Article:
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My latest Mind and Matter column in the Wall Street
The island of Gaua, part of Vanuatu in the Pacific, is just 13
miles across, yet it has five distinct native languages. Papua New
Guinea, an area only slightly bigger than Texas, has 800 languages,
some spoken by just a few thousand people. "Wired for Culture," a remarkable new book by
Mark Pagel, an American evolutionary biologist based in England,
sets out to explain this peculiar human property of fragmenting
into mutually uncomprehending cultural groups. His explanation is
Evolutionary biologists have long gotten used to the idea that
bodies are just genes' ways of making more genes, survival machines
that carry genes to the next generation. Think of a salmon
struggling upstream just to expend its body (now expendable) in
spawning. Dr. Pagel's idea is that cultures are an extension of
this: that the way we use culture is to promote the long-term
interests of our genes.
It need not be this way. When human beings' lives became dominated
by culture, they could have adopted habits that did not lead to
having more descendants. But on the whole we did not; we set about
using culture to favor survival of those like us at the expense of
other groups, using religion, warfare, cooperation and social
allegiance. As Dr. Pagel comments: "Our genes' gamble at handing
over control to...ideas paid off handsomely" in the conquest of the
What this means, he argues, is that if our "cultures have promoted
our genetic interests throughout our history," then our "particular
culture is not for us, but for our genes."
We're expendable. The allegiance we feel to one tribe-religious,
sporting, political, linguistic, even racial-is a peculiar mixture
of altruism toward the group and hostility to other groups.
Throughout history, united groups have stood, while divided ones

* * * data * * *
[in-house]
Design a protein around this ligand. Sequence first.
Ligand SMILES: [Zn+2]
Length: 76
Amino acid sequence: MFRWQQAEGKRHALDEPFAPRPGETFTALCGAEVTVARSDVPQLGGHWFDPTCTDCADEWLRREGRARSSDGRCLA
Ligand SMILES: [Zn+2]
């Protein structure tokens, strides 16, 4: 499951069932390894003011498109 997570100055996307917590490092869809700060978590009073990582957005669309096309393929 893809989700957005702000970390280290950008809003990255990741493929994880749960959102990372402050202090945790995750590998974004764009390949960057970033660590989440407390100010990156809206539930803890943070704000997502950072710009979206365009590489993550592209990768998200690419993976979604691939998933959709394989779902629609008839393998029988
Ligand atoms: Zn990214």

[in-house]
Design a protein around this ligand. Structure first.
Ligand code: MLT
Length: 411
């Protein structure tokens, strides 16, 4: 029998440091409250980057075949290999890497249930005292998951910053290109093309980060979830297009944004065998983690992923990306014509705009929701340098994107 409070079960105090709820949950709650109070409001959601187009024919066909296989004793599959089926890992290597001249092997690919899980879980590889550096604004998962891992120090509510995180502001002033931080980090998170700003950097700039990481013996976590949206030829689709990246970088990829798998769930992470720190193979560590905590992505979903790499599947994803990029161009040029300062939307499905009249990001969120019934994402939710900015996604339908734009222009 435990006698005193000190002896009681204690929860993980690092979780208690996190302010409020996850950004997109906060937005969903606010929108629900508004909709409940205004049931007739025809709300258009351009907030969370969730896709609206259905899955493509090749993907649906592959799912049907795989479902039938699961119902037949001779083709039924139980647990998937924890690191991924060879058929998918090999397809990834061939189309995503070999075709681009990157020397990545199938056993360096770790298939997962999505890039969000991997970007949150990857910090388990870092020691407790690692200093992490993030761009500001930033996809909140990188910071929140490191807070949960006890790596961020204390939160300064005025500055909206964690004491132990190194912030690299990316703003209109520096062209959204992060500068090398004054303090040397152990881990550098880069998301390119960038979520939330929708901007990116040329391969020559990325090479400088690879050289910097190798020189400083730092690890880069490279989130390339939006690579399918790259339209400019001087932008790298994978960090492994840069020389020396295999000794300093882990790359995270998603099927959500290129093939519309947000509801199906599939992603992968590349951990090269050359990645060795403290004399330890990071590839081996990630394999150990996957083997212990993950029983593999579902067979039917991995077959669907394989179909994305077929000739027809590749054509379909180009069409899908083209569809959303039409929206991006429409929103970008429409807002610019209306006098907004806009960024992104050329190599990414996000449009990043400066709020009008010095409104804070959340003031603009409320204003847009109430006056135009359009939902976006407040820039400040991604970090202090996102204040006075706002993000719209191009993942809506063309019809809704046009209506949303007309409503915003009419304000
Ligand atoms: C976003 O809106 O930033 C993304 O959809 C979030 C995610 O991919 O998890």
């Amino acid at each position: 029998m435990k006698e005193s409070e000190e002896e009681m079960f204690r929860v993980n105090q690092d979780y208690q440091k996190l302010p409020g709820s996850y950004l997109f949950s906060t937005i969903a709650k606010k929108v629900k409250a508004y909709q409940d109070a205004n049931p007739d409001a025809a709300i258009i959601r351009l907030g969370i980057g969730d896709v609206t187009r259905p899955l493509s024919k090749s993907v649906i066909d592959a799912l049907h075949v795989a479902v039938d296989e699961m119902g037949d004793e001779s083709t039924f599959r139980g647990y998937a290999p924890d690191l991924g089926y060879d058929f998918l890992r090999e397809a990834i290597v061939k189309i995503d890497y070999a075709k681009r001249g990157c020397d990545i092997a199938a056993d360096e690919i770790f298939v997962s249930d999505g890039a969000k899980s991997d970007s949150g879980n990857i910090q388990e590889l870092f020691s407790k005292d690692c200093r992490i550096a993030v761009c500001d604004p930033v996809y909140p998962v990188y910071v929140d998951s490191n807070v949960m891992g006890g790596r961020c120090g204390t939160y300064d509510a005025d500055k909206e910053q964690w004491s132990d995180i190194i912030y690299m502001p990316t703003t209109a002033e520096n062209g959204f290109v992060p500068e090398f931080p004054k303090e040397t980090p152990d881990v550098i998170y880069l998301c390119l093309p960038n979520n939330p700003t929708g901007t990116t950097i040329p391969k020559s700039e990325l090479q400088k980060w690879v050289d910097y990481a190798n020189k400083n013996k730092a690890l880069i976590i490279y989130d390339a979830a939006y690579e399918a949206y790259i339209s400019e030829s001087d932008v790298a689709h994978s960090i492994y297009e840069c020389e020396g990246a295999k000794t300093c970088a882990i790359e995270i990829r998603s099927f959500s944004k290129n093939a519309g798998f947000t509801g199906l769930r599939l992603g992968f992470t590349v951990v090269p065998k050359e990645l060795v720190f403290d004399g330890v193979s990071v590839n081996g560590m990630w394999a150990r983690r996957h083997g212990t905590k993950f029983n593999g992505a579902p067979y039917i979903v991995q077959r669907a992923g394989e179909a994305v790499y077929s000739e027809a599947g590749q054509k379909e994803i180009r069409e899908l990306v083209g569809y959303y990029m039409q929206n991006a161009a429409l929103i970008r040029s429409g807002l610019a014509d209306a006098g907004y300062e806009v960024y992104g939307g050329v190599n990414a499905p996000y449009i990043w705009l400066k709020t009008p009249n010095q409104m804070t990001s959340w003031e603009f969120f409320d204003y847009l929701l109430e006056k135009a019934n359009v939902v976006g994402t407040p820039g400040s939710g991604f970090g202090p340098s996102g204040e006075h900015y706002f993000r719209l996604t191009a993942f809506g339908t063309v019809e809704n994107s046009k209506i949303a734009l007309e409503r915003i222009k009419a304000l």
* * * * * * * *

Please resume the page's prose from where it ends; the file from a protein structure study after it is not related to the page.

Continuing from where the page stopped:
Language is the most striking exemplar of Dr. Pagel's thesis. He
calls language "one of the most powerful, dangerous and subversive
traits that natural selection has ever devised." He draws attention
to the curious parallels between genetics and linguistics. Both are
digital systems, in which words or base pairs are recombined to
make an infinite possibility of messages. (Elsewhere I once noted
the numerical similarity between Shakespeare's vocabulary of about
20,000 distinct words and his genome of about 21,000 genes).
Dr. Pagel points out that language is a "technology for rewiring
other people's minds…without either of you having to perform
surgery." But natural section was unlikely to favor such a
technology if it helped just the speaker, or just the listener, at
the expense of the other. Rather, he says that, just as the
language of the genes promotes its own survival via a larger
cooperative entity called the body, so language itself endures via
the survival of the individual and the tribe. Being digital,
language has high fidelity and high variety, compared with any
other animal's communication system. We use it to operate the
cooperative but competitive system of social exchange that is a
society: to charm, forgive, manipulate, bewitch, embroider,
exaggerate, diminish, disparage-to choose just some of the verbs
from the key paragraph of Dr. Pagel's (beautifully written)
Languages evolve, just as genes do,changing gradually over time.
But 7,000 different human tongues nevertheless seems excessive. Dr.
Pagel's explanation is that, since language serves the interests of
the group, when a new tribe splits off from the rest of a society,
the people in the new tribe deliberately differentiate themselves
the better to unite.
Even Americans did this, when Noah Webster deliberately altered
the spelling of some English words (color, center, etc.) because
"as an independent nation, our honor requires us to have a system
of our own, in language as well as government."